'Saturday Night Live' Writer Won't Apologize For Slave Bit

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'Saturday Night Live' Writer Won't Apologize For Slave Bit
"Saturday Night Live" writer Leslie Jones is under attack for a slaved-themed segment she performed on the show over the weekend.
SHOW TRANSCRIPT

Comedian Leslie Jones' first on-camera appearance at "Saturday Night Live" over the weekend might also be her last ... for a while. 

LESLIE JONES: "Back in the slave days, my love life would've been a lot better. Master would've hooked me up with the best brother on the plantation, and every nine months I'd be in the corner having a super baby. Every nine months!" (Via NBC / "Saturday Night Live")

Jones' "Weekend Update" segment was in response to People magazine naming Lupita Nyong'o the most beautiful person of the year." She said she can't compete with the Oscar winner. 

Jones argued the magazine should put out a "most useful" ranking of women, saying she would've been the "No. 1 Slave Draft pick" because she was built to breed. 

No surprise, Jones' debut set off a Twitter firestorm of attacks –– many viewers dubbing it offensive. 

Jones, who says she's been doing the bit for years, was quick to combat the attacks, tweeting a long string of explanations, including:

"​It saddens me that BLACK PEOPLE b**** and moan about the most stupid s***. I'm a comic it is my job to take things and make them funny. ... If anybody should be offended is white folks cause it's what they did. Y'all so busy trying to be self righteous you miss what the joke really is​." 

FYI, Jones is one of two African-American female writers "SNL" hired at mid-season — along with actress Sasheer Zamata — following months of attacks on the show for lacking diversity, and specifically, a black female cast member. (Via E!)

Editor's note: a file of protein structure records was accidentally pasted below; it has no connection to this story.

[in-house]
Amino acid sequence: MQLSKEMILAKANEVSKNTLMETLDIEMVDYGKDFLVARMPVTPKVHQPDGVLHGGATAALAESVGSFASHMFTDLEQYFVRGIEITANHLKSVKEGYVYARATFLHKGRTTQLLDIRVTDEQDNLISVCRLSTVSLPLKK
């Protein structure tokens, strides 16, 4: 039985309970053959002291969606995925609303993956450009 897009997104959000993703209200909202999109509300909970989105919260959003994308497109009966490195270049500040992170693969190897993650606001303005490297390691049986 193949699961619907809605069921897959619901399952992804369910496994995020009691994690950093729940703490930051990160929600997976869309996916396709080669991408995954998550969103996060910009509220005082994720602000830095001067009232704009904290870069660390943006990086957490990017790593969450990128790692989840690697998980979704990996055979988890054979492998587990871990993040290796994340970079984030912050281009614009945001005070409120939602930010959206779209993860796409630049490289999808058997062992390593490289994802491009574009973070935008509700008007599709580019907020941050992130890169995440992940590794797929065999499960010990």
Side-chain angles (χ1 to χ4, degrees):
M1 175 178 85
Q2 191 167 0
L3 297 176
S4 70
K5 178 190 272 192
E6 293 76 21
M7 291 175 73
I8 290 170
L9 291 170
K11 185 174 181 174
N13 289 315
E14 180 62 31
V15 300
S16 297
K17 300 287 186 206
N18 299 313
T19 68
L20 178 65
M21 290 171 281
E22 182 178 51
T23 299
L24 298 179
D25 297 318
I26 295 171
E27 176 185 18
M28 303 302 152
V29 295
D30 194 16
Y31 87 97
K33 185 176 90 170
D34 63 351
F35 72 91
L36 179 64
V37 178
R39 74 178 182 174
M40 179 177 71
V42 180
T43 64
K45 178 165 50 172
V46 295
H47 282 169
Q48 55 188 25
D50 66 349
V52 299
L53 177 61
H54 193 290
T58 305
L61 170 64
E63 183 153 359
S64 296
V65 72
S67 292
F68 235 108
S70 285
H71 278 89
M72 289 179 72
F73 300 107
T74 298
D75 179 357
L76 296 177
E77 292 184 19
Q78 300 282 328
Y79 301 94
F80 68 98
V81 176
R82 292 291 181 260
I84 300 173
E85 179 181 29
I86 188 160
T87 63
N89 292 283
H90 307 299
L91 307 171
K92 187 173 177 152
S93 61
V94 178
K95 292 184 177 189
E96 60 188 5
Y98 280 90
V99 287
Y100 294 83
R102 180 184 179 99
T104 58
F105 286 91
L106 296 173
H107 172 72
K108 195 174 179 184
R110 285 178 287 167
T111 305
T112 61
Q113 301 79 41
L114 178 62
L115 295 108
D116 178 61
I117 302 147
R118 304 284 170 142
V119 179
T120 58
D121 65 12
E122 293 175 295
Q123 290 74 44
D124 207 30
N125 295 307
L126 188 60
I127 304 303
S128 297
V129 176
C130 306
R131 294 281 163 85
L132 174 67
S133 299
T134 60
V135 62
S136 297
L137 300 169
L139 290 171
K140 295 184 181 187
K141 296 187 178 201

And that fact, along with Jones' refusal to apologize, had Ebony senior editor Jamilah Lemieux perplexed, calling Jones "an embarrassment." 

"I don't know if she's just doubling down and committing to defending a completely indefensible ... skit, or if she really just doesn't grasp what was wrong with it. But it's depressing that Jones would play out her own issues ... in a way that ... mocked other Black women who may be taller, larger or outside the 'norm' in the process."

But a writer for The Root jumped to Jones' defense ... kind of.

"As a fan of comedians like Richard Pryor, Redd Foxx, Moms Mabley and Robin Harris, I grew up watching them tackling subjects from slavery to racism, and it wasn't always pretty. But what was consistent is that their audience was mainly made up of their own 'people.' Now when you have a show like SNL, where the audience is predominately white, you have to wonder, if they’re actually laughing at you or with you."

So, what specifically went wrong here? The Washington Post argues the major flaw in Jones' routine is that she never condemned slavery, something those comics The Root mentioned almost always did. 

And an xoJane blogger notes the bit couldn't have come at a worse time.

"We've got enough trouble with Donald Sterling and Cliven Bundy, racial polarization in politics and segregated schools and the Supreme Court and Michigan and the whole entire prison system and, you know, racism. So. Thanks." 

"Saturday Night Live" is thus far keeping quiet on the controversy — many outlets reporting the show has yet to return calls for comment.